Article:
Some, even among those who assign meaning to traditional morality, are not greatly bothered by the push to expand the meaning of marriage. They are content to let people call things whatever they want, and regard the societal push to revamp social mores as benign. The vehemence, violence and general obnoxiousness that characterized some of the protests, though, should give them pause.

As should Scott Eckern’s forced resignation.

Mr. Eckern was the artistic director of the California Musical Theater. He no longer holds that position because anti-Proposition 8 activists uncovered and publicized the fact that he had made a contribution to the other side’s campaign. Mr. Eckern explained that his donation stemmed from his religious beliefs as a Mormon and expressed sadness that his “personal beliefs and convictions have offended others” and caused “hurt feelings.”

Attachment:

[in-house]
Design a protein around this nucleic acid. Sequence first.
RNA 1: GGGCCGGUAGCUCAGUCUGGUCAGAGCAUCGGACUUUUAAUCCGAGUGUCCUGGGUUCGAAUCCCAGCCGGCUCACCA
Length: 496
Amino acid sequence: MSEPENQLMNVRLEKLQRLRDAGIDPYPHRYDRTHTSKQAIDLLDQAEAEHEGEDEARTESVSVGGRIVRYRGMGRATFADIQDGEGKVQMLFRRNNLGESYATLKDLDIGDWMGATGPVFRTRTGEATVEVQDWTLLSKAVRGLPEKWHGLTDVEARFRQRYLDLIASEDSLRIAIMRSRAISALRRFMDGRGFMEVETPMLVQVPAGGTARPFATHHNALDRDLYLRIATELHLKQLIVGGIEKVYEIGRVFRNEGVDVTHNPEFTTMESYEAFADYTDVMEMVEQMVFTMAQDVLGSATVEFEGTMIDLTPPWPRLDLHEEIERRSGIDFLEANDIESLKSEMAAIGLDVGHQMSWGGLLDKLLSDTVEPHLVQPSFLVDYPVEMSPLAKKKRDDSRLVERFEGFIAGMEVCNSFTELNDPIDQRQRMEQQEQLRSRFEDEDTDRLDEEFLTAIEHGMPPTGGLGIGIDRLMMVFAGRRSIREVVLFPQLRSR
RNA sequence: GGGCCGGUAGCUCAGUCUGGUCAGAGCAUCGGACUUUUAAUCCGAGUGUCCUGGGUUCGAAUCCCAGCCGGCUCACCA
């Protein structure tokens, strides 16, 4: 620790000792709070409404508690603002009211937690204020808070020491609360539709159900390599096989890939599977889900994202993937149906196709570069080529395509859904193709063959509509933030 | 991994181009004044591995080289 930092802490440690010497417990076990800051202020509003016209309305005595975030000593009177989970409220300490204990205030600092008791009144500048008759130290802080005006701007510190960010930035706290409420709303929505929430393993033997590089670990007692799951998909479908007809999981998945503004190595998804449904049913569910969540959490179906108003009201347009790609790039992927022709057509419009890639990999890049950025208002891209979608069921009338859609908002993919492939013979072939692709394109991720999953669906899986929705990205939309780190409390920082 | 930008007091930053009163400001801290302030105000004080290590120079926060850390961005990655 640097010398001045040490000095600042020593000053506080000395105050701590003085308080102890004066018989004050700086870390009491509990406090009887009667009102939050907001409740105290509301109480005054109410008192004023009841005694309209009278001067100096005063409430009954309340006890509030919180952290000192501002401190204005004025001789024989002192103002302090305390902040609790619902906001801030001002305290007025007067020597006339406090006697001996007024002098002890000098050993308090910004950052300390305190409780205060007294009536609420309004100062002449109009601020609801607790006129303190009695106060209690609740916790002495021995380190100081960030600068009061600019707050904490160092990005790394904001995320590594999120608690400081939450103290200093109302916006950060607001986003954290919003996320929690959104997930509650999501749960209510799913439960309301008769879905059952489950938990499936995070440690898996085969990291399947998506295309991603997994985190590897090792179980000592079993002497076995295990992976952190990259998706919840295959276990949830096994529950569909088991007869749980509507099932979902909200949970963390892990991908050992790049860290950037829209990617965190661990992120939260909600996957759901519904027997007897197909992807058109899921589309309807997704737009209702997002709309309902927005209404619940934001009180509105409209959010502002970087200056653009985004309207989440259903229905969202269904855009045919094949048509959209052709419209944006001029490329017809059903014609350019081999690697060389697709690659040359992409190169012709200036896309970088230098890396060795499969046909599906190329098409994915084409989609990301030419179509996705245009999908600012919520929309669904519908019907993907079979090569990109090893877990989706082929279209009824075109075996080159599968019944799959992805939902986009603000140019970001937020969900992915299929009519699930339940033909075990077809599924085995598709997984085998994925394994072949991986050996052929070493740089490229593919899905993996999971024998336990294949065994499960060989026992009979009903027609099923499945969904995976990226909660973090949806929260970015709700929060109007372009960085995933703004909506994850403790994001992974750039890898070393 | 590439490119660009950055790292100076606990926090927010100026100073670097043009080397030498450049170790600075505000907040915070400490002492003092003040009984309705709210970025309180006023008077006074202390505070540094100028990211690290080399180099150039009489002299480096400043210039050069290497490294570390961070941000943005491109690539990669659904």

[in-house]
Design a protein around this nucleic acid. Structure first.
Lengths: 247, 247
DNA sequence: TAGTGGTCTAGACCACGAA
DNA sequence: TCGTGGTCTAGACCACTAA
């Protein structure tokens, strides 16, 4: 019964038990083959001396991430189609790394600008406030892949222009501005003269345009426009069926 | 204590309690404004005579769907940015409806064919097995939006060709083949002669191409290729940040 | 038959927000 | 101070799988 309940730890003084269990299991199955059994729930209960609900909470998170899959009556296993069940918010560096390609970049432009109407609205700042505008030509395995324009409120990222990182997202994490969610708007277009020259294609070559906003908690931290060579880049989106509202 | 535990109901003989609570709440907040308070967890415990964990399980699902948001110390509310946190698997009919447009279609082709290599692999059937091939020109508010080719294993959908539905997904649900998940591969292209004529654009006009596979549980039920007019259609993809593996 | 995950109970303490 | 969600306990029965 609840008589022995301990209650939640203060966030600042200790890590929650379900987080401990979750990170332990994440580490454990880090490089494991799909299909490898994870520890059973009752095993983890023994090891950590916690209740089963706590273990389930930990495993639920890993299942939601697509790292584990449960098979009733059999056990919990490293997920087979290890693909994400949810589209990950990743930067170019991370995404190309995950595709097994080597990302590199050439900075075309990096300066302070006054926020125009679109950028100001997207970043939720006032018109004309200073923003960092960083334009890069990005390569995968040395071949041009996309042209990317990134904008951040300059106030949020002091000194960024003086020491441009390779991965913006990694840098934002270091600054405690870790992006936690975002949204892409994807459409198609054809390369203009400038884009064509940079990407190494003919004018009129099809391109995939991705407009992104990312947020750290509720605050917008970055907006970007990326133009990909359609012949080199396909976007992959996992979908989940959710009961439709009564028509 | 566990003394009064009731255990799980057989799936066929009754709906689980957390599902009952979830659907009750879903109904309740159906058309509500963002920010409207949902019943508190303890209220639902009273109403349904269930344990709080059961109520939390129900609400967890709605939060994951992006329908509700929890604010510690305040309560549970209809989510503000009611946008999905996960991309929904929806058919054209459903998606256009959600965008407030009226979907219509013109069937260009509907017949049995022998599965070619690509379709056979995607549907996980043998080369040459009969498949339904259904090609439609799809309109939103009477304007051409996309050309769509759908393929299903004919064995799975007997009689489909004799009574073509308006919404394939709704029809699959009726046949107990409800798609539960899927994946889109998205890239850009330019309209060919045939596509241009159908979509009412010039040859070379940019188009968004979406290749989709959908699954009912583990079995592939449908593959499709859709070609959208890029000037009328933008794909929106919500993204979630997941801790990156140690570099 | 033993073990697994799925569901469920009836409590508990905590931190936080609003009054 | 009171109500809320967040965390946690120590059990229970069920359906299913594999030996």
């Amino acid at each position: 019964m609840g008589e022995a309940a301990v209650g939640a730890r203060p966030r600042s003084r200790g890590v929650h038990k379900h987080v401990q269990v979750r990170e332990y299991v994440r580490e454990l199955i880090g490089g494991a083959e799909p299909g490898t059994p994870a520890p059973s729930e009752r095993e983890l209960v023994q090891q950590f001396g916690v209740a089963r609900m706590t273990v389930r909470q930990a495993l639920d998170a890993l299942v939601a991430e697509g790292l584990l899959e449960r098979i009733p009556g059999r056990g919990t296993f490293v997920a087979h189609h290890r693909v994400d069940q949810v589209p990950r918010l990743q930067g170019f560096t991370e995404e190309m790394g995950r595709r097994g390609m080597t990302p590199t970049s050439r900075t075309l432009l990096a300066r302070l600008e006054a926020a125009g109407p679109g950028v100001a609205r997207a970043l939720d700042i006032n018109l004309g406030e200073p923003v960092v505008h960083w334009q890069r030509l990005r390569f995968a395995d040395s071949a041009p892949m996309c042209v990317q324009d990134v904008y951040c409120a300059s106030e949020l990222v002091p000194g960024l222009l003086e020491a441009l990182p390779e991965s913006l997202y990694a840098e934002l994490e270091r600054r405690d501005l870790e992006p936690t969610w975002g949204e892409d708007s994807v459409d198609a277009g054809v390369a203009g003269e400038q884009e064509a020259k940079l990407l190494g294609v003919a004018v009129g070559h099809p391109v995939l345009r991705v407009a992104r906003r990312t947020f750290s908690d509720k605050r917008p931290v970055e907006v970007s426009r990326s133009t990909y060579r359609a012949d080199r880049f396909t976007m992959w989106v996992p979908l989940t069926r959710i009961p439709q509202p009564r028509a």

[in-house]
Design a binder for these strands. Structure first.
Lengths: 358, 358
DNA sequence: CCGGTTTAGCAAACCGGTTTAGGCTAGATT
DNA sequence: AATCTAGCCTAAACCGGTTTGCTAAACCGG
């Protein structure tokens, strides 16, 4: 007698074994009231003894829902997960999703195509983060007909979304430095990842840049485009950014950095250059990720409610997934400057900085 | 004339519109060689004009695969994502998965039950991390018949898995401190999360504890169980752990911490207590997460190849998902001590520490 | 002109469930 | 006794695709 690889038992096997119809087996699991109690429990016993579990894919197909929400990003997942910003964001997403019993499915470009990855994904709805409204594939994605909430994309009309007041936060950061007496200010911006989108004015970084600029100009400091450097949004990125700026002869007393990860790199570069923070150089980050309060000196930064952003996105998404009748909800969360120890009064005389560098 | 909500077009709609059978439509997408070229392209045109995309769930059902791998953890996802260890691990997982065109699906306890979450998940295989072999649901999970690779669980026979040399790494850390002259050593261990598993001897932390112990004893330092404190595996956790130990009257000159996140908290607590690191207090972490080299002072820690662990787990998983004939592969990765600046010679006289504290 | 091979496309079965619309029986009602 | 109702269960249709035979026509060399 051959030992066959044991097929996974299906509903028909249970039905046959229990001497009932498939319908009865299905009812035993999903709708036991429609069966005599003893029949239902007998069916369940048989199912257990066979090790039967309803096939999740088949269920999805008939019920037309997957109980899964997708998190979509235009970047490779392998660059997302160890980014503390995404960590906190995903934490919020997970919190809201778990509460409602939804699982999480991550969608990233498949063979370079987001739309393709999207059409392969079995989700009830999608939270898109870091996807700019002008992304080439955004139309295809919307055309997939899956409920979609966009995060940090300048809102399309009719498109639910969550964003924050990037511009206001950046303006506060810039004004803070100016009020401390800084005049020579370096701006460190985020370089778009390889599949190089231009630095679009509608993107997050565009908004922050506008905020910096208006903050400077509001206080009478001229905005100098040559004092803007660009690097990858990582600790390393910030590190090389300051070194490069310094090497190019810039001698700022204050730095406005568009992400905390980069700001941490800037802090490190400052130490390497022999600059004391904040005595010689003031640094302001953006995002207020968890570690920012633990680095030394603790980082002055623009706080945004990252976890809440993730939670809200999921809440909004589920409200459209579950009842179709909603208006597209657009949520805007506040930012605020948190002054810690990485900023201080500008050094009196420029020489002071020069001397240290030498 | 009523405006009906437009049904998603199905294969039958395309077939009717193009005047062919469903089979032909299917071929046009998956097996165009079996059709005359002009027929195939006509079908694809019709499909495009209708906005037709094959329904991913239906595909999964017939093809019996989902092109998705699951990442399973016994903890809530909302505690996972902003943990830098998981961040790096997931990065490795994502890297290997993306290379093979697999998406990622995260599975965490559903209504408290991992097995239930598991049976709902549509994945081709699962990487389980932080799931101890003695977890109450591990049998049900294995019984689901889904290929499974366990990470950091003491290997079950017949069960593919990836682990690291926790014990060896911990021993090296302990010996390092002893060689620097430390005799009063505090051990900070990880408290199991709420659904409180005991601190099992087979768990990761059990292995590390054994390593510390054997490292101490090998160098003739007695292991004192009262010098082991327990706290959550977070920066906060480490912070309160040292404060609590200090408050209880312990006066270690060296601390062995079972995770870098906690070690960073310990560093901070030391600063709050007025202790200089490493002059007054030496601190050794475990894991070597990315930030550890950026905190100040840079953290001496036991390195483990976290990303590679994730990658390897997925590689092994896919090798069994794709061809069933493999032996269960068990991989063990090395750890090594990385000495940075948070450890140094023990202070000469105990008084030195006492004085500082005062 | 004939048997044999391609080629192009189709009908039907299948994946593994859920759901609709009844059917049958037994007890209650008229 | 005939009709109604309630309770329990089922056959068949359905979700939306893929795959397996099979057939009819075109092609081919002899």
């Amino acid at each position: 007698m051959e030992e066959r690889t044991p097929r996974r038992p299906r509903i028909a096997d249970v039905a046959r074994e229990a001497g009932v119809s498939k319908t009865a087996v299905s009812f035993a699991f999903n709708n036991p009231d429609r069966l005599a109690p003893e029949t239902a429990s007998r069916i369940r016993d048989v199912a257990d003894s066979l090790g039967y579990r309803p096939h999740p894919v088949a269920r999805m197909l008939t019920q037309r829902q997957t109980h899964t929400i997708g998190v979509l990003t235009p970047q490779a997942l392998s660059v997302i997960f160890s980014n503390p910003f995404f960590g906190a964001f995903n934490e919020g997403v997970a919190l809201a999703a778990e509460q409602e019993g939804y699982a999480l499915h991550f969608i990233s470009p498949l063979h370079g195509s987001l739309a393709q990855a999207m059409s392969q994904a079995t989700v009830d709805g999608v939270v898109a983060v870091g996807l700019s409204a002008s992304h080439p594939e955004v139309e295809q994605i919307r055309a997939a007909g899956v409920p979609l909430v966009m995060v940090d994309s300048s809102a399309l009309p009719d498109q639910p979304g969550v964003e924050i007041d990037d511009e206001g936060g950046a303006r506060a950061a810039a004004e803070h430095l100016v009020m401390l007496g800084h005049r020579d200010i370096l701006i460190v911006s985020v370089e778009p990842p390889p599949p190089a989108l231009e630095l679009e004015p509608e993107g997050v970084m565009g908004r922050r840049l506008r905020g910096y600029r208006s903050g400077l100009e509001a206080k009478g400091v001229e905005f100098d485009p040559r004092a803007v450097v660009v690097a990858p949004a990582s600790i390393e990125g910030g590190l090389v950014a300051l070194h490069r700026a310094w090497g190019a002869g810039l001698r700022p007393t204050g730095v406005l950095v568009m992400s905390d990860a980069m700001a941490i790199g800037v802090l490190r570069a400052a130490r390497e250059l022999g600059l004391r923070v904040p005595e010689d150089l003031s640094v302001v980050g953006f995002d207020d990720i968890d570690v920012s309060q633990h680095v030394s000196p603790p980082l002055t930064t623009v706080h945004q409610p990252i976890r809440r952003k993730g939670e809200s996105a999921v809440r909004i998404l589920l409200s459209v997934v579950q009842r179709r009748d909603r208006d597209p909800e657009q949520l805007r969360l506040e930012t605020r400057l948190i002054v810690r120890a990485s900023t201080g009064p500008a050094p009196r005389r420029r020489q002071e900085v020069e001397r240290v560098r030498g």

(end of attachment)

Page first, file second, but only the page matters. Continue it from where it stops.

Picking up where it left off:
But neither his words nor resignation were enough to mollify the mob. An award-winning composer called Mr. Eckern to tell him that he would not allow his work to be performed in the theater with which the ex-director had been associated; and an actress called for a boycott of the institution.

It seems clearer than ever that gay activists are not, as was once thought, interested only on being left alone, or, as was later thought, on being granted the same privileges as others. They are fixated, in fact, on creating a society where traditional religious perspectives on homosexuality and marriage are regarded, in law and in social dialogue, as the equivalent of racial or ethnic bias.